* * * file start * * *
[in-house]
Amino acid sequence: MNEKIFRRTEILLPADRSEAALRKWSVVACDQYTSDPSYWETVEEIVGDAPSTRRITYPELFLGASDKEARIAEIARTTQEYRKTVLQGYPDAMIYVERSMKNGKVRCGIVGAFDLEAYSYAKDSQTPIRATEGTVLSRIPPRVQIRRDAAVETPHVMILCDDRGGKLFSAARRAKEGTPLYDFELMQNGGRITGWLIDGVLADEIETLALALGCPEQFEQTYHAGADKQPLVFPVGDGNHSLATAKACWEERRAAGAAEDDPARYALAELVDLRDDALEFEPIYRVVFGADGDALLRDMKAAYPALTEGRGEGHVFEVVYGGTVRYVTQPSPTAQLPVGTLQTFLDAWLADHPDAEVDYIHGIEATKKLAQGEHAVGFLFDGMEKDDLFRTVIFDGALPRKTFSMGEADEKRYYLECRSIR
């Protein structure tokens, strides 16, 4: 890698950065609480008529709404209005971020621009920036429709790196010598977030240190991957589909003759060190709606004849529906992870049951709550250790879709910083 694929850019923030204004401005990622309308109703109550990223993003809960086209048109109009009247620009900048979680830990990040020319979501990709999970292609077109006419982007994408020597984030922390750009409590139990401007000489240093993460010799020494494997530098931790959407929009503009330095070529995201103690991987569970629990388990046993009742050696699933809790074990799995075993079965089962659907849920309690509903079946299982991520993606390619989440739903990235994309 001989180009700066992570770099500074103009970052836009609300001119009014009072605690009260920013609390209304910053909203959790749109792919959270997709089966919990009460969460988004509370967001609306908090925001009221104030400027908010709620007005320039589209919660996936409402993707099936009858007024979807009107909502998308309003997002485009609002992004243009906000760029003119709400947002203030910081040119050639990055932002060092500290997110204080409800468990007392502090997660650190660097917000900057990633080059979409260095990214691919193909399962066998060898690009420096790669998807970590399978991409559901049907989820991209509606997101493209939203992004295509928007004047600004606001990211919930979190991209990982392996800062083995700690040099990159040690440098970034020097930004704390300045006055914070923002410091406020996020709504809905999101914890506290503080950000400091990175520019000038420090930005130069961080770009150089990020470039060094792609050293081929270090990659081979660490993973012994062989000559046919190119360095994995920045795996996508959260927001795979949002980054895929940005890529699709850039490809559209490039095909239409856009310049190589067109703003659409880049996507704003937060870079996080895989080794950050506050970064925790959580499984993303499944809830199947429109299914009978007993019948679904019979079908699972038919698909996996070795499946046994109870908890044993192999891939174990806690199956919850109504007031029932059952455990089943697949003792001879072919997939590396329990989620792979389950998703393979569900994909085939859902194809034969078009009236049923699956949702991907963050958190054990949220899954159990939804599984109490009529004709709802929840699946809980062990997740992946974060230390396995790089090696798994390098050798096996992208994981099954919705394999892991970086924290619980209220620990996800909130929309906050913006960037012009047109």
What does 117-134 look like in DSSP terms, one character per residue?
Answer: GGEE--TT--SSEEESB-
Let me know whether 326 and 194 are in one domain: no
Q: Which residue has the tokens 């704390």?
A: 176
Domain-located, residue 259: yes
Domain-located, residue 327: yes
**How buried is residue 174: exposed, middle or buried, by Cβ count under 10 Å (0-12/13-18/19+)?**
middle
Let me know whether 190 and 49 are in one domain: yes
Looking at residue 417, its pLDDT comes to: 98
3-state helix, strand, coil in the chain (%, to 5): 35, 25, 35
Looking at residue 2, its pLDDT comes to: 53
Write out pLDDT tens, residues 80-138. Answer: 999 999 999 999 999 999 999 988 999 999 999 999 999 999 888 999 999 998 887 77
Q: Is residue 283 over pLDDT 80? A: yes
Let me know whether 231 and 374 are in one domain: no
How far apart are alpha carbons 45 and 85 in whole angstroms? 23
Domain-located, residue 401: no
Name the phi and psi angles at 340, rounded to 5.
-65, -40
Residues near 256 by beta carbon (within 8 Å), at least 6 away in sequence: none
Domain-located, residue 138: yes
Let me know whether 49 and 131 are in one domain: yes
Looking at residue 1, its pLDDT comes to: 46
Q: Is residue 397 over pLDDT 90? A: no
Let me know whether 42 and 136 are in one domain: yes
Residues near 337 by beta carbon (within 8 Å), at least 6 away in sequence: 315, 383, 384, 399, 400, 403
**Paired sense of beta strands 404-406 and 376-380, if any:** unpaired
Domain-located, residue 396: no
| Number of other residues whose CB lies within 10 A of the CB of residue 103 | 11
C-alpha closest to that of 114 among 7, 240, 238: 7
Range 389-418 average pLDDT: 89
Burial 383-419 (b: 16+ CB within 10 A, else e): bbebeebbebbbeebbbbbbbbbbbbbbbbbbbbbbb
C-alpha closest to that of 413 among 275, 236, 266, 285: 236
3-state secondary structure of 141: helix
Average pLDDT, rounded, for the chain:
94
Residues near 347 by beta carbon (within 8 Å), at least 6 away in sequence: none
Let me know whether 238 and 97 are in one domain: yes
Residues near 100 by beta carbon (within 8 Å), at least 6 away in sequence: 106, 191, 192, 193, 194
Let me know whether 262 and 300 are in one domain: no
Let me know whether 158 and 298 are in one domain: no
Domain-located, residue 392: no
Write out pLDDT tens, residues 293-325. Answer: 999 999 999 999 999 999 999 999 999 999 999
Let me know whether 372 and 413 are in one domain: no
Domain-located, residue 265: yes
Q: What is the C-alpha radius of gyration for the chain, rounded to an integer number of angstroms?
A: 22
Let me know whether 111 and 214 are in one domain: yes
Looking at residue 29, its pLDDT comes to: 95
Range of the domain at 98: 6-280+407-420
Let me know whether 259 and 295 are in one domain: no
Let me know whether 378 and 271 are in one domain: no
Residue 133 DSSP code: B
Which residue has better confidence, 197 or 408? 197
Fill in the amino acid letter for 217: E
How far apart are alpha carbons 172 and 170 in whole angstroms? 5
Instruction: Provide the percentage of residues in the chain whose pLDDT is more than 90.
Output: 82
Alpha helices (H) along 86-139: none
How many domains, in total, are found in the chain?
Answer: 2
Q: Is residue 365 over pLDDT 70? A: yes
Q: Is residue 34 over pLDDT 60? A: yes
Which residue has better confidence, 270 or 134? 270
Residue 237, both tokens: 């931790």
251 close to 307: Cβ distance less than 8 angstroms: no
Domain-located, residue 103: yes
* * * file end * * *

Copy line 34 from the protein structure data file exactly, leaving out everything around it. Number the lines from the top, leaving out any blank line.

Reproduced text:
C-alpha closest to that of 114 among 7, 240, 238: 7